VANCOUVER / COAST SALISH TERRITORY — Municipalities in British Columbia’s Lower Mainland want large buildings to be required to track their energy and water consumption, and to report this data to the province every year.
The Lower Mainland Local Government Association recently passed a City of Richmond-sponsored resolution calling on the B.C. government to make energy benchmarking and annual reporting mandatory for buildings larger than a certain size (such as 50,000 square feet). In September, the Union of B.C. Municipalities will consider a similar resolution at its annual convention in Vancouver.
On June 14, the Pembina Institute will host Building Energy Benchmarking in B.C., a timely webinar featuring speakers from the City of Seattle, Real Property Association of Canada, City of Richmond, and Canada Green Building Council. An audience Q&A will follow the presentations.
Benchmarking allows property owners to compare the energy performance of their buildings with historical use and similar buildings. This, in turn, helps owners identify opportunities to save energy and water, and thereby save money on utility bills and reduce carbon pollution.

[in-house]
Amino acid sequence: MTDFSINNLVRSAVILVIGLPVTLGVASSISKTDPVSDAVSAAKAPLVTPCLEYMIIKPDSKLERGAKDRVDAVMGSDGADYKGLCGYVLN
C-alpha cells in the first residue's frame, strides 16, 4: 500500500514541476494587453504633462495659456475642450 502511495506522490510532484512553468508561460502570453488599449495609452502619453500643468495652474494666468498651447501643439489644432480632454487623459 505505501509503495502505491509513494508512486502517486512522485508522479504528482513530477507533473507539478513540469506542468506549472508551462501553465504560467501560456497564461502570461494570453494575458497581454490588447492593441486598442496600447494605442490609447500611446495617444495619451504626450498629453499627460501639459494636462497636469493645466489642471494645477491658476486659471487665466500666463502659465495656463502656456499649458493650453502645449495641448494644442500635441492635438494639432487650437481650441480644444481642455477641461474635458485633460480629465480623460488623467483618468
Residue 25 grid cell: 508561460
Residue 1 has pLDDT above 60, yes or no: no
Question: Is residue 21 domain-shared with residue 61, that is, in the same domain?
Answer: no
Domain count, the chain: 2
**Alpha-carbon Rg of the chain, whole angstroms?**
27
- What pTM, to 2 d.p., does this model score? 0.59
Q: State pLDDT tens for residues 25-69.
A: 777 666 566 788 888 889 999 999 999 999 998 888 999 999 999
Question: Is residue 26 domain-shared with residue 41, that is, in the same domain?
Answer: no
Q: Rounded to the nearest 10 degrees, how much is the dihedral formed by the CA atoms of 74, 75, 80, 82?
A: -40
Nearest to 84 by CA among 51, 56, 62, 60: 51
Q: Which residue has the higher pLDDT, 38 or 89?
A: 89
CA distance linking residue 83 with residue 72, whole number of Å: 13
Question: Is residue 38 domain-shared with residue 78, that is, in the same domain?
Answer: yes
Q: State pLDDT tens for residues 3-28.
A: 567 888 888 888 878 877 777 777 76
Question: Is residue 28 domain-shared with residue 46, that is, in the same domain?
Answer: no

This low-cost, market-based approach is already being used in 25 North American cities, Ontario, Washington, and California, and numerous jurisdictions in the U.K., Europe, and Asia. The resolution passed by Lower Mainland municipal officials asks for building energy data to be made available to local governments to inform their climate change programs.
Building Energy Benchmarking in B.C.
Date: Wednesday, June 14, 2017
Time: 12 p.m. to 1 p.m. (PDT)
- Duane Jonlin, energy code and energy conservation advisor, City of Seattle
- Brooks Barnett, manager of government relations and policy, Real Property Association of Canada
- Brendan McEwen, sustainability manager, City of Richmond
- Akua Schatz, director of advocacy and development, Canada Green Building Council
Moderator: Dylan Heerema, analyst, Pembina Institute
Join the conversation on Twitter: @Pembina
Find photos for editorial use: flickr.com/pembina
Action plan: Vision for Clean Growth in B.C.
About the Pembina Institute
The Pembina Institute is a non-profit think-tank that advocates for strong, effective policies to support Canada’s clean energy transition. We have offices in Vancouver, Calgary, Edmonton, and Toronto. Learn more: www.pembina.org